A return visit to Hen reedbeds was planned for some time but it wasn’t until towards the end of the month that the weather became suitable! The aim was to see if any more Clifden Nonpareil could be found at the site.
We set up a few traps, painted sugar on trees and posts plus hung up a good number of wine ropes around the car park area where there was a stand of Poplars and Aspens.
A few moths were seen around the lights, along with a bit of moth interest in the baits, but, sadly no Clifdens appeared.
In this good moth year there were still some things of note recorded however.
Moth wise, this included: Deep-brown dart (one on sugar, a new moth for Brian and a scarce sighting for others), Acleris emargana (on wine rope), Large wainscot (4, first for year for all of us), Brown-spot pinion (2 at light), Pink-barred sallow (at light), L-Album wainscot (2 at light, quite northerly county records), Monopis monachella (2 at light), Southern wainscot (at light, second brood one, first time we had all ever seen it at this time of year), Lunar yellow underwing and Bulrush wainscot. Best 2 moths were Epinotia sordidana (a new moth for some of us including myself) and a late record of Crombrugghia distans.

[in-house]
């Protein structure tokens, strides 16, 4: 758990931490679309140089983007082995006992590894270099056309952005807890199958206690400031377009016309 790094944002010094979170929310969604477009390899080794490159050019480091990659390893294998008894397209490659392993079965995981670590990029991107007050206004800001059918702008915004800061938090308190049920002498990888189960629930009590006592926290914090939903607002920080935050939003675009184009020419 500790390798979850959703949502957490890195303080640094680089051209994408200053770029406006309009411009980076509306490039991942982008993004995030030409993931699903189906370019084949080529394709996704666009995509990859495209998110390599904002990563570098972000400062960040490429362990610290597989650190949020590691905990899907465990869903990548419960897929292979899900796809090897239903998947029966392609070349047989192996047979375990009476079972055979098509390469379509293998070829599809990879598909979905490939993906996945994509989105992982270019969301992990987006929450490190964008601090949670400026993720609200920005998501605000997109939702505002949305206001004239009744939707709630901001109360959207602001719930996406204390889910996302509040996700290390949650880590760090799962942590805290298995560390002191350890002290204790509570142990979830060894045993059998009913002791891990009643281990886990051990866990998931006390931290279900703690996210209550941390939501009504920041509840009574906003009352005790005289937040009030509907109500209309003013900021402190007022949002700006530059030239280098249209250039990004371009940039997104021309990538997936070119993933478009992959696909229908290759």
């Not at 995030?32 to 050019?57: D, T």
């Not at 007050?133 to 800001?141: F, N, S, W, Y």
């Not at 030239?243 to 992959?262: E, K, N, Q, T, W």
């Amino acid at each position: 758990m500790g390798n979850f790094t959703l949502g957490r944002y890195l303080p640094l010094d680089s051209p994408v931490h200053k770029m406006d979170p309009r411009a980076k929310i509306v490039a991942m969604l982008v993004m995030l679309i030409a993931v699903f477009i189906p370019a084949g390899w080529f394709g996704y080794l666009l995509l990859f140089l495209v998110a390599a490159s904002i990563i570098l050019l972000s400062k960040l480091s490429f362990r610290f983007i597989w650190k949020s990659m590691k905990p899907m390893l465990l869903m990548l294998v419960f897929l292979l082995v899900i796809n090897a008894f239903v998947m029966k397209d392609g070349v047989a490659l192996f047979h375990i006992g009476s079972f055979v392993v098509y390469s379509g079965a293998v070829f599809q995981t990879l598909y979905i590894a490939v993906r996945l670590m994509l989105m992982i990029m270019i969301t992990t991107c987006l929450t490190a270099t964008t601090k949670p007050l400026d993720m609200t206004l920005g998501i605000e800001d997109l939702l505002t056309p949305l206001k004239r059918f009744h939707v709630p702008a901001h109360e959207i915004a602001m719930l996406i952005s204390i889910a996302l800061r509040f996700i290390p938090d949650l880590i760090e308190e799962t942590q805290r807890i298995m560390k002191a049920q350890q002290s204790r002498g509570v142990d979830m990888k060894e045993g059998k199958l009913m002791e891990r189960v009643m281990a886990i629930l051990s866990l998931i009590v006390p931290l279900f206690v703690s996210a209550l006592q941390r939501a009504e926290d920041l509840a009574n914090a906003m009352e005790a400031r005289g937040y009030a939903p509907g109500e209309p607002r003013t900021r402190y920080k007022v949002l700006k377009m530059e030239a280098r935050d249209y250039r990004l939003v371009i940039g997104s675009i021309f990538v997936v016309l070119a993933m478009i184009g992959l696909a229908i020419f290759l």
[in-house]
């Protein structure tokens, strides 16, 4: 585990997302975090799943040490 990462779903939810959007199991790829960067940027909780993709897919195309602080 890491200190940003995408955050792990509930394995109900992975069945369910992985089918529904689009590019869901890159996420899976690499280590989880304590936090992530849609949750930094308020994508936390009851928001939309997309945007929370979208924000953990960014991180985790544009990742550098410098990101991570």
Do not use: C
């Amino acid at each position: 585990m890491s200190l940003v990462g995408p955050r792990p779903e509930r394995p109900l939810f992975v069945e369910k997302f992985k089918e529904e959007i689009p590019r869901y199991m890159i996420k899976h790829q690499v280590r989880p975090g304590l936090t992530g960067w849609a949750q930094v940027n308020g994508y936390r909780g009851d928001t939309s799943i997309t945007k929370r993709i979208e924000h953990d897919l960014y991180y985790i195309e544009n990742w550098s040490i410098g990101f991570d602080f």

A few larvae were found as well, the best of these being a Reed dagger seen crawling across Brian’s sheet trap and a few Yarrow pug larvae on Yarrow seedheads.
Although we saw no Clifdens on the night we did hear from a local moth-er that another had been seen in the area so it is still very possible it is established as a breeding species locally in Suffolk. Going on the numbers seen this year around the south of the UK this appears to be a moth ‘on the move’ with a growing resident population probably bolstered by immigration. Hopefully it will appear in all our traps soon!